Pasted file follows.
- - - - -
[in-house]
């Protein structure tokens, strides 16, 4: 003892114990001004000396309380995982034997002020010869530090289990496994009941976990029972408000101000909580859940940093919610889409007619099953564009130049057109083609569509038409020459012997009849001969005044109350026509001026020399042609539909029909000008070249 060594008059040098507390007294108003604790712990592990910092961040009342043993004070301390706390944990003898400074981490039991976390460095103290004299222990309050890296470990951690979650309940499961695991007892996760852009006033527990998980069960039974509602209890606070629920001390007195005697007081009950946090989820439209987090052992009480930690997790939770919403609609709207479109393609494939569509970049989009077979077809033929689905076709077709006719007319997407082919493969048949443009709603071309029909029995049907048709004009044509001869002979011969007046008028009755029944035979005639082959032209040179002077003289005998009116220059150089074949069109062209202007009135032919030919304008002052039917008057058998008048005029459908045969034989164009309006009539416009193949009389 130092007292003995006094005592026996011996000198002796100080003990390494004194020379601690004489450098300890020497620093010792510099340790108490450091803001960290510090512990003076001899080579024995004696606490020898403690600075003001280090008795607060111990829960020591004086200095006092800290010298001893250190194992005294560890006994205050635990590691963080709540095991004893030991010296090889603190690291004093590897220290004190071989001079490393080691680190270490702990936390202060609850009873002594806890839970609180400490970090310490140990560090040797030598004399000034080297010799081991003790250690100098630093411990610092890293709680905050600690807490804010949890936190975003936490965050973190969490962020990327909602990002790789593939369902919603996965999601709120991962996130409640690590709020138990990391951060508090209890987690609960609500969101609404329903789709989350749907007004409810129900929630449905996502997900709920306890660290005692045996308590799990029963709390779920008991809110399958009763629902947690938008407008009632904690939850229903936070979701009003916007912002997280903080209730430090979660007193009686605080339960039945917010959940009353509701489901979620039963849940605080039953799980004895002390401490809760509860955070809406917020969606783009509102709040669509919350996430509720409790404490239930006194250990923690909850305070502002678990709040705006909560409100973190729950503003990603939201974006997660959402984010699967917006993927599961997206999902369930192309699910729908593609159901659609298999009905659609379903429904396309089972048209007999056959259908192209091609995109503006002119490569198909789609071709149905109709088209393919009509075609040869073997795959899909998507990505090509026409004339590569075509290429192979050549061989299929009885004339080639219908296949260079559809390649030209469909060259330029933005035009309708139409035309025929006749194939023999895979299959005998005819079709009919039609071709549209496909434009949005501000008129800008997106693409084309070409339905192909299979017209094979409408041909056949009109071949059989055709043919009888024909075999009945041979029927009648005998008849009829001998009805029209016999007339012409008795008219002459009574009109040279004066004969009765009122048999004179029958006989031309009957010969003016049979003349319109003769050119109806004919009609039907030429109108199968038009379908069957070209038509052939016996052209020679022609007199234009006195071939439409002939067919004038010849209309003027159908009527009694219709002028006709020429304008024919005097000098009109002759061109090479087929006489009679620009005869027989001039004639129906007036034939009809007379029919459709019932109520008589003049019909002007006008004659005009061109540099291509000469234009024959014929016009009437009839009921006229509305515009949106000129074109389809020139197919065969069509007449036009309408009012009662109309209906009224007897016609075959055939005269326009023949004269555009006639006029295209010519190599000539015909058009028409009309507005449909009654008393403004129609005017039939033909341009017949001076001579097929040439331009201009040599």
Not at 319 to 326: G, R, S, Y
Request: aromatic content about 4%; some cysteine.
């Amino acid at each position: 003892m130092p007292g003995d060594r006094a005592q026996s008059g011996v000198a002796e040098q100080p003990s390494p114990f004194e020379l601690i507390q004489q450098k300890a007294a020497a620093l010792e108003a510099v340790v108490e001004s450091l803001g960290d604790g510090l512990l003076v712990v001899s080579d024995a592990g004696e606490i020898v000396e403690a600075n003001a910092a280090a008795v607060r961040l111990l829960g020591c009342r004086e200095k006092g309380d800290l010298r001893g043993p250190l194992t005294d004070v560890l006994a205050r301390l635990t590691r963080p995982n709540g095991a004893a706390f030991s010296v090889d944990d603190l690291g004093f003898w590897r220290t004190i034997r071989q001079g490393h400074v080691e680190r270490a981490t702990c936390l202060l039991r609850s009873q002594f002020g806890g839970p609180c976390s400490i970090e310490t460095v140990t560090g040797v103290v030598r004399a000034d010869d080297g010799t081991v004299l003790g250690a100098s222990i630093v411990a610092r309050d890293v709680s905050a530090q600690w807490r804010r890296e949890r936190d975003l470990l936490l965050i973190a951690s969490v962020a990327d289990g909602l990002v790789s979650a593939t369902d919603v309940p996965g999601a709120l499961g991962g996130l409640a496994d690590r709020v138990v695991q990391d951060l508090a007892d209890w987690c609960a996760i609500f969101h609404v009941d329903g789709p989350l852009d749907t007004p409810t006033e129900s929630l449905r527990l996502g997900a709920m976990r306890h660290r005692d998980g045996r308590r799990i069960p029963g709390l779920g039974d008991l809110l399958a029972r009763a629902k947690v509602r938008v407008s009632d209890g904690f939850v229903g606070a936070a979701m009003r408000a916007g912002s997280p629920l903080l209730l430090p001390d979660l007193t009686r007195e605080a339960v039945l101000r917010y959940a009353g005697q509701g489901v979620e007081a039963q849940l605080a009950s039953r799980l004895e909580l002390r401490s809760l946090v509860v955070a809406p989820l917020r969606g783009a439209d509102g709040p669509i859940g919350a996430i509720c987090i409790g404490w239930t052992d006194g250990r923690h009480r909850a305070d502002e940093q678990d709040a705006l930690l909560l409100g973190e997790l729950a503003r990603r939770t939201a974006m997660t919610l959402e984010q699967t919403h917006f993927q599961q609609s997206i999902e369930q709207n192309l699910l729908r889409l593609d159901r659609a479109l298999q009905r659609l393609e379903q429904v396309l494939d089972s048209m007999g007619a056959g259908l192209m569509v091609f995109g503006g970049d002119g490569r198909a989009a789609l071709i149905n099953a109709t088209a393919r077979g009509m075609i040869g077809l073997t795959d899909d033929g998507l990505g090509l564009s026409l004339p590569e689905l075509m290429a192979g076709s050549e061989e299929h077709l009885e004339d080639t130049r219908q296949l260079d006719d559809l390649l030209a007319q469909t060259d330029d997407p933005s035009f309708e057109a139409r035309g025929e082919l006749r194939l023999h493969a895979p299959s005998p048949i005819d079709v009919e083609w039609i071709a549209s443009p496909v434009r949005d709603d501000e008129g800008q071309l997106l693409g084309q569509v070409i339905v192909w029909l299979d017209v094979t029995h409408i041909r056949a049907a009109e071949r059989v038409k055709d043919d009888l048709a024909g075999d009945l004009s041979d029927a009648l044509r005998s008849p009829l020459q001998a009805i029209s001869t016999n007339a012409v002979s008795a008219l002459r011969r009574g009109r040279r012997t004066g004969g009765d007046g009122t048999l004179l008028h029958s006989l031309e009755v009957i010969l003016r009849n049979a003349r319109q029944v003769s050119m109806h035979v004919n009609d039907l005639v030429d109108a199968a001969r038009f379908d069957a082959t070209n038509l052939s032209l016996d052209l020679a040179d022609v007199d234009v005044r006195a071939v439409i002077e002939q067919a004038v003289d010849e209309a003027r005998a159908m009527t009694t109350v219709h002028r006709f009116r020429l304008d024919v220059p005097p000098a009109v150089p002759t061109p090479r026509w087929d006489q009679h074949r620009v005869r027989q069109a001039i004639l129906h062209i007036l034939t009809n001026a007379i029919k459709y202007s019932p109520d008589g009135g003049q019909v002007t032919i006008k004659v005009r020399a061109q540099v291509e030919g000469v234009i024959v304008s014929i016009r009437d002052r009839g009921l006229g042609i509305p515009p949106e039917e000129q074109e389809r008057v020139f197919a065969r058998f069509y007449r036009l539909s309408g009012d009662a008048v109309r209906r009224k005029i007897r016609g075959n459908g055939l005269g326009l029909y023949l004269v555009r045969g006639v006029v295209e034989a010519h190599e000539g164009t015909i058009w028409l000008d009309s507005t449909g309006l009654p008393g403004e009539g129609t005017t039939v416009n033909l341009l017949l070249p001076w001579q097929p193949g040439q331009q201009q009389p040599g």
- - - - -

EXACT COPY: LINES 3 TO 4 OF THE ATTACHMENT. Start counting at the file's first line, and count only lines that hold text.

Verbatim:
Not at 319 to 326: G, R, S, Y
Request: aromatic content about 4%; some cysteine.